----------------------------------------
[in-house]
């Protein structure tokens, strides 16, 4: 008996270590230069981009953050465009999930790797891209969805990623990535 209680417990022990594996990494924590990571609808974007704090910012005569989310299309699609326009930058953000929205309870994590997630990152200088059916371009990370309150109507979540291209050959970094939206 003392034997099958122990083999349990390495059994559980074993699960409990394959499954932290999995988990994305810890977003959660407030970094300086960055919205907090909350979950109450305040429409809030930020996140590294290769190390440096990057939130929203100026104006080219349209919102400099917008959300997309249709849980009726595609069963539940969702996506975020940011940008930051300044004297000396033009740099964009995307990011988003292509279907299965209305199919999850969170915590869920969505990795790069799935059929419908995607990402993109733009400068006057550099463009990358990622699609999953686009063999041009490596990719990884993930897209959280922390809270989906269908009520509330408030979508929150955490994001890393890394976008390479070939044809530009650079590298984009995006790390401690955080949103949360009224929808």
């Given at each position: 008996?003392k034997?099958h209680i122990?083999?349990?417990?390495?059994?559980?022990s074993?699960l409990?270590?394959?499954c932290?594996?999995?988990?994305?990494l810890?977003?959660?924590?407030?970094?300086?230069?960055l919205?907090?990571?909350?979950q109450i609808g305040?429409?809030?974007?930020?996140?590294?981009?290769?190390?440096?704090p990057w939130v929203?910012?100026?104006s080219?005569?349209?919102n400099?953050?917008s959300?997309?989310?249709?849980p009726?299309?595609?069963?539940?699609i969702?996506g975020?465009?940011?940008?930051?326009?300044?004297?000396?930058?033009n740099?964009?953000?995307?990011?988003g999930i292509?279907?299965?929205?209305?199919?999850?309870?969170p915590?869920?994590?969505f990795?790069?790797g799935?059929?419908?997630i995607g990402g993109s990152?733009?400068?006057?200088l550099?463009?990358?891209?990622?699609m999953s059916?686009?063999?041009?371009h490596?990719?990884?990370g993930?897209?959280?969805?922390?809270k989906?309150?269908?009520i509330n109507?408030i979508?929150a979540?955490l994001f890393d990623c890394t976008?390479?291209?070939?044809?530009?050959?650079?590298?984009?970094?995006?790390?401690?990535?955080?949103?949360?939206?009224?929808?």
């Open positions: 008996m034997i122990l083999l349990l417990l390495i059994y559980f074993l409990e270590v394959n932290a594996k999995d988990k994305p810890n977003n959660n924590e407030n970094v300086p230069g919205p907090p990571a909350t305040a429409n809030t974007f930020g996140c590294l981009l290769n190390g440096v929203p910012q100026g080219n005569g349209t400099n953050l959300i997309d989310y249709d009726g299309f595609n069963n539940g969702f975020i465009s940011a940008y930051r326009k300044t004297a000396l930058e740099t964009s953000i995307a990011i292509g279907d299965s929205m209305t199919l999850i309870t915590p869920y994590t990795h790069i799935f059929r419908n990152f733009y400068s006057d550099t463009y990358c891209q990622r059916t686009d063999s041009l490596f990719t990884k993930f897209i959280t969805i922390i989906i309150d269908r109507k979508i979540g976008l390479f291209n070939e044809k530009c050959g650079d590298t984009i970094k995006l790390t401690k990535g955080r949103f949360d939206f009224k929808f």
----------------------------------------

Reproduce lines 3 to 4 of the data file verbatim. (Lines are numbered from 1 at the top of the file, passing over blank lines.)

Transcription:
């Given at each position: 008996?003392k034997?099958h209680i122990?083999?349990?417990?390495?059994?559980?022990s074993?699960l409990?270590?394959?499954c932290?594996?999995?988990?994305?990494l810890?977003?959660?924590?407030?970094?300086?230069?960055l919205?907090?990571?909350?979950q109450i609808g305040?429409?809030?974007?930020?996140?590294?981009?290769?190390?440096?704090p990057w939130v929203?910012?100026?104006s080219?005569?349209?919102n400099?953050?917008s959300?997309?989310?249709?849980p009726?299309?595609?069963?539940?699609i969702?996506g975020?465009?940011?940008?930051?326009?300044?004297?000396?930058?033009n740099?964009?953000?995307?990011?988003g999930i292509?279907?299965?929205?209305?199919?999850?309870?969170p915590?869920?994590?969505f990795?790069?790797g799935?059929?419908?997630i995607g990402g993109s990152?733009?400068?006057?200088l550099?463009?990358?891209?990622?699609m999953s059916?686009?063999?041009?371009h490596?990719?990884?990370g993930?897209?959280?969805?922390?809270k989906?309150?269908?009520i509330n109507?408030i979508?929150a979540?955490l994001f890393d990623c890394t976008?390479?291209?070939?044809?530009?050959?650079?590298?984009?970094?995006?790390?401690?990535?955080?949103?949360?939206?009224?929808?």
């Open positions: 008996m034997i122990l083999l349990l417990l390495i059994y559980f074993l409990e270590v394959n932290a594996k999995d988990k994305p810890n977003n959660n924590e407030n970094v300086p230069g919205p907090p990571a909350t305040a429409n809030t974007f930020g996140c590294l981009l290769n190390g440096v929203p910012q100026g080219n005569g349209t400099n953050l959300i997309d989310y249709d009726g299309f595609n069963n539940g969702f975020i465009s940011a940008y930051r326009k300044t004297a000396l930058e740099t964009s953000i995307a990011i292509g279907d299965s929205m209305t199919l999850i309870t915590p869920y994590t990795h790069i799935f059929r419908n990152f733009y400068s006057d550099t463009y990358c891209q990622r059916t686009d063999s041009l490596f990719t990884k993930f897209i959280t969805i922390i989906i309150d269908r109507k979508i979540g976008l390479f291209n070939e044809k530009c050959g650079d590298t984009i970094k995006l790390t401690k990535g955080r949103f949360d939206f009224k929808f």